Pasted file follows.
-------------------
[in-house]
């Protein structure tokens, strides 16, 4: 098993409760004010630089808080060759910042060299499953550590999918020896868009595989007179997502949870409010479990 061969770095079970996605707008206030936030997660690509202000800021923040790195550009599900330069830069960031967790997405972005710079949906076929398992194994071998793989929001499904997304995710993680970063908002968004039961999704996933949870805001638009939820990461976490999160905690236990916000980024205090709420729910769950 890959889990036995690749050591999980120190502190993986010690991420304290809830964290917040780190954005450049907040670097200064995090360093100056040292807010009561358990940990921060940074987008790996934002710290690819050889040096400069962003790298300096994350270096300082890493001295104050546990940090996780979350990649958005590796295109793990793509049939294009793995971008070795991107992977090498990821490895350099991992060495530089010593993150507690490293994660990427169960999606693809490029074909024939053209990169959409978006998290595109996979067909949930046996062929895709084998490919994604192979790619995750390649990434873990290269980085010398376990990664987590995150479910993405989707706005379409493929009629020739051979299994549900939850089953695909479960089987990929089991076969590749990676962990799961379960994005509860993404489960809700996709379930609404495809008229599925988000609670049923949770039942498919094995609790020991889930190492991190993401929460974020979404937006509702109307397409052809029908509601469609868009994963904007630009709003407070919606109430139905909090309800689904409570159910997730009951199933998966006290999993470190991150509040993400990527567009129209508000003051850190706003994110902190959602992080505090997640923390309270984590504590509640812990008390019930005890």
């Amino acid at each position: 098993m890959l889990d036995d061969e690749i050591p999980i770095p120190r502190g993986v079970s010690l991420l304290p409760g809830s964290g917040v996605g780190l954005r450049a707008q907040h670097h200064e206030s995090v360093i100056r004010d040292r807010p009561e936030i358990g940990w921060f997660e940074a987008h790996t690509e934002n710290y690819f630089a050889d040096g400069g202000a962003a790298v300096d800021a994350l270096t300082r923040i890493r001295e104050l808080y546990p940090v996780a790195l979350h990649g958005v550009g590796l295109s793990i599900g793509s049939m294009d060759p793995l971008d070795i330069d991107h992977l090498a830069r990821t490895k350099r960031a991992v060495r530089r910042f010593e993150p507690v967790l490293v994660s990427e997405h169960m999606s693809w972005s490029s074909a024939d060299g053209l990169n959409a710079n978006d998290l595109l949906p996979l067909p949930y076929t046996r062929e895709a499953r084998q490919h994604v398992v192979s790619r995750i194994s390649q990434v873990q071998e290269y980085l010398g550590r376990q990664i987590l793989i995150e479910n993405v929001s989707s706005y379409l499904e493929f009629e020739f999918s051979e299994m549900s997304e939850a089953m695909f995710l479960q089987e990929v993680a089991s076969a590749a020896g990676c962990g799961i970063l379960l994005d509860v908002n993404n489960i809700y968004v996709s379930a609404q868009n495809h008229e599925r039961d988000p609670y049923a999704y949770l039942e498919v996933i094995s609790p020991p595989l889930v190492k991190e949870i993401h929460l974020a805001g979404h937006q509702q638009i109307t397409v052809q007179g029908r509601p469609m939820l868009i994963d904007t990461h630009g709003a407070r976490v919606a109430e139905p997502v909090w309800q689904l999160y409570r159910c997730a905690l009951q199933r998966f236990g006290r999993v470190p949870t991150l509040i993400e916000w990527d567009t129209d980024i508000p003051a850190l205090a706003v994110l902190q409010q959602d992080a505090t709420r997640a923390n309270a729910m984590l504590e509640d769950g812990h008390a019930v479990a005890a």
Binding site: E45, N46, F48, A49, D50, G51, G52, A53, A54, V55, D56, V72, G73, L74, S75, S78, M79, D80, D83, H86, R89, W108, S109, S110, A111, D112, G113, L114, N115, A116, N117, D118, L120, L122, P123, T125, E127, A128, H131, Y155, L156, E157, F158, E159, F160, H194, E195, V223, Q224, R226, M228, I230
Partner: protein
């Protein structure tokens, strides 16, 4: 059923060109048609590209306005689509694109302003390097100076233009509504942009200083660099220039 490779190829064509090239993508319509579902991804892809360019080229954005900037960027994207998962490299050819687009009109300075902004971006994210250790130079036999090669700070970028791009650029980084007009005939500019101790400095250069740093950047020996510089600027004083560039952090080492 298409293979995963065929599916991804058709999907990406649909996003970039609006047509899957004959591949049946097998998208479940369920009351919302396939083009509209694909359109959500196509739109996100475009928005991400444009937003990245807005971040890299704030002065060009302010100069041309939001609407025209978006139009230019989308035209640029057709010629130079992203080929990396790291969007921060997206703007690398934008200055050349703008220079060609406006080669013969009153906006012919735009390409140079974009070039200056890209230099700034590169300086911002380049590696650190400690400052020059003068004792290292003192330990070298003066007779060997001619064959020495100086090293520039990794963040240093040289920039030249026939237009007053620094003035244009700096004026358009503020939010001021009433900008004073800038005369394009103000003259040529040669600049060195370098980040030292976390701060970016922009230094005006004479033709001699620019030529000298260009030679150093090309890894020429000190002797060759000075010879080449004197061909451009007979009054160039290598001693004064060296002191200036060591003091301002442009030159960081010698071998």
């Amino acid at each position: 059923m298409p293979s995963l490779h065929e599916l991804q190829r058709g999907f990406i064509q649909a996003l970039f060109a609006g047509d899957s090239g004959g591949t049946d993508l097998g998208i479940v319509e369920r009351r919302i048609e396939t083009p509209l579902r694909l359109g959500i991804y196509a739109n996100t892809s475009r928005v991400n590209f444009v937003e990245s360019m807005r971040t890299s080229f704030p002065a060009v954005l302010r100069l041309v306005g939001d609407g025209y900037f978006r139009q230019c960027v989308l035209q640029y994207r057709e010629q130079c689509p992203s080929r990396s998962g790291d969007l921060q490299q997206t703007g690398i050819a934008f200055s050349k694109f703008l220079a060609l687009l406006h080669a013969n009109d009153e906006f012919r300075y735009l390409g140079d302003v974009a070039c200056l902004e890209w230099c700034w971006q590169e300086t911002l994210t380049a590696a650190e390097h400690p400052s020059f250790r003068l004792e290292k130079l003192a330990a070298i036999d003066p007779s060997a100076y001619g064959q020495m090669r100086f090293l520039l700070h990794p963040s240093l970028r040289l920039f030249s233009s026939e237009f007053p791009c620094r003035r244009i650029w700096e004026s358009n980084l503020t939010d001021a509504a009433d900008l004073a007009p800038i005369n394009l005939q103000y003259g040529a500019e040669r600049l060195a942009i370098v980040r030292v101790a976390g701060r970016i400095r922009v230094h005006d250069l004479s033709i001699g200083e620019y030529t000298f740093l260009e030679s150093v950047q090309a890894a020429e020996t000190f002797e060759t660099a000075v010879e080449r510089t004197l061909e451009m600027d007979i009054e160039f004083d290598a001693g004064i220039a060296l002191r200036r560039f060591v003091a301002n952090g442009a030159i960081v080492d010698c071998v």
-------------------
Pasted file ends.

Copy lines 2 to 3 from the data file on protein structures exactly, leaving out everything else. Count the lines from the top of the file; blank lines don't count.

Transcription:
């Protein structure tokens, strides 16, 4: 098993409760004010630089808080060759910042060299499953550590999918020896868009595989007179997502949870409010479990 061969770095079970996605707008206030936030997660690509202000800021923040790195550009599900330069830069960031967790997405972005710079949906076929398992194994071998793989929001499904997304995710993680970063908002968004039961999704996933949870805001638009939820990461976490999160905690236990916000980024205090709420729910769950 890959889990036995690749050591999980120190502190993986010690991420304290809830964290917040780190954005450049907040670097200064995090360093100056040292807010009561358990940990921060940074987008790996934002710290690819050889040096400069962003790298300096994350270096300082890493001295104050546990940090996780979350990649958005590796295109793990793509049939294009793995971008070795991107992977090498990821490895350099991992060495530089010593993150507690490293994660990427169960999606693809490029074909024939053209990169959409978006998290595109996979067909949930046996062929895709084998490919994604192979790619995750390649990434873990290269980085010398376990990664987590995150479910993405989707706005379409493929009629020739051979299994549900939850089953695909479960089987990929089991076969590749990676962990799961379960994005509860993404489960809700996709379930609404495809008229599925988000609670049923949770039942498919094995609790020991889930190492991190993401929460974020979404937006509702109307397409052809029908509601469609868009994963904007630009709003407070919606109430139905909090309800689904409570159910997730009951199933998966006290999993470190991150509040993400990527567009129209508000003051850190706003994110902190959602992080505090997640923390309270984590504590509640812990008390019930005890």
């Amino acid at each position: 098993m890959l889990d036995d061969e690749i050591p999980i770095p120190r502190g993986v079970s010690l991420l304290p409760g809830s964290g917040v996605g780190l954005r450049a707008q907040h670097h200064e206030s995090v360093i100056r004010d040292r807010p009561e936030i358990g940990w921060f997660e940074a987008h790996t690509e934002n710290y690819f630089a050889d040096g400069g202000a962003a790298v300096d800021a994350l270096t300082r923040i890493r001295e104050l808080y546990p940090v996780a790195l979350h990649g958005v550009g590796l295109s793990i599900g793509s049939m294009d060759p793995l971008d070795i330069d991107h992977l090498a830069r990821t490895k350099r960031a991992v060495r530089r910042f010593e993150p507690v967790l490293v994660s990427e997405h169960m999606s693809w972005s490029s074909a024939d060299g053209l990169n959409a710079n978006d998290l595109l949906p996979l067909p949930y076929t046996r062929e895709a499953r084998q490919h994604v398992v192979s790619r995750i194994s390649q990434v873990q071998e290269y980085l010398g550590r376990q990664i987590l793989i995150e479910n993405v929001s989707s706005y379409l499904e493929f009629e020739f999918s051979e299994m549900s997304e939850a089953m695909f995710l479960q089987e990929v993680a089991s076969a590749a020896g990676c962990g799961i970063l379960l994005d509860v908002n993404n489960i809700y968004v996709s379930a609404q868009n495809h008229e599925r039961d988000p609670y049923a999704y949770l039942e498919v996933i094995s609790p020991p595989l889930v190492k991190e949870i993401h929460l974020a805001g979404h937006q509702q638009i109307t397409v052809q007179g029908r509601p469609m939820l868009i994963d904007t990461h630009g709003a407070r976490v919606a109430e139905p997502v909090w309800q689904l999160y409570r159910c997730a905690l009951q199933r998966f236990g006290r999993v470190p949870t991150l509040i993400e916000w990527d567009t129209d980024i508000p003051a850190l205090a706003v994110l902190q409010q959602d992080a505090t709420r997640a923390n309270a729910m984590l504590e509640d769950g812990h008390a019930v479990a005890a």